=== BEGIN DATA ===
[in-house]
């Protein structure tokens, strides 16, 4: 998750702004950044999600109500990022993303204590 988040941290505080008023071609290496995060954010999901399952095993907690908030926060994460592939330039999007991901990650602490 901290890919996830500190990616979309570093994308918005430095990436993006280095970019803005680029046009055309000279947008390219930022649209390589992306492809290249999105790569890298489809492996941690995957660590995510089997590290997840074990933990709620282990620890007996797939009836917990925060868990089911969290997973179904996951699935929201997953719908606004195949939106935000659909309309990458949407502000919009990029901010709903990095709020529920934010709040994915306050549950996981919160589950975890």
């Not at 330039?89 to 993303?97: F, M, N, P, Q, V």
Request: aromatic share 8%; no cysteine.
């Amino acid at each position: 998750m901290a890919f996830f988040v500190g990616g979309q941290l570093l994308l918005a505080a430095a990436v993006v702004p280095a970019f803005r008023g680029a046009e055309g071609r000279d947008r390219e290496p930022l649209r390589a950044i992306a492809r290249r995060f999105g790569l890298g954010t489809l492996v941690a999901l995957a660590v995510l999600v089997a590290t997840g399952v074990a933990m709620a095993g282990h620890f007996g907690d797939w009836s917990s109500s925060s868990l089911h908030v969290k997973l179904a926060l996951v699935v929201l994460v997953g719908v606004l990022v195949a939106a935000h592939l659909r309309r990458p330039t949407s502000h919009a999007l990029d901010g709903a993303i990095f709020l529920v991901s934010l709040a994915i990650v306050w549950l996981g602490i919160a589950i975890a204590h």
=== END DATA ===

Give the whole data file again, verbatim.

[in-house]
């Protein structure tokens, strides 16, 4: 998750702004950044999600109500990022993303204590 988040941290505080008023071609290496995060954010999901399952095993907690908030926060994460592939330039999007991901990650602490 901290890919996830500190990616979309570093994308918005430095990436993006280095970019803005680029046009055309000279947008390219930022649209390589992306492809290249999105790569890298489809492996941690995957660590995510089997590290997840074990933990709620282990620890007996797939009836917990925060868990089911969290997973179904996951699935929201997953719908606004195949939106935000659909309309990458949407502000919009990029901010709903990095709020529920934010709040994915306050549950996981919160589950975890």
């Not at 330039?89 to 993303?97: F, M, N, P, Q, V």
Request: aromatic share 8%; no cysteine.
């Amino acid at each position: 998750m901290a890919f996830f988040v500190g990616g979309q941290l570093l994308l918005a505080a430095a990436v993006v702004p280095a970019f803005r008023g680029a046009e055309g071609r000279d947008r390219e290496p930022l649209r390589a950044i992306a492809r290249r995060f999105g790569l890298g954010t489809l492996v941690a999901l995957a660590v995510l999600v089997a590290t997840g399952v074990a933990m709620a095993g282990h620890f007996g907690d797939w009836s917990s109500s925060s868990l089911h908030v969290k997973l179904a926060l996951v699935v929201l994460v997953g719908v606004l990022v195949a939106a935000h592939l659909r309309r990458p330039t949407s502000h919009a999007l990029d901010g709903a993303i990095f709020l529920v991901s934010l709040a994915i990650v306050w549950l996981g602490i919160a589950i975890a204590h």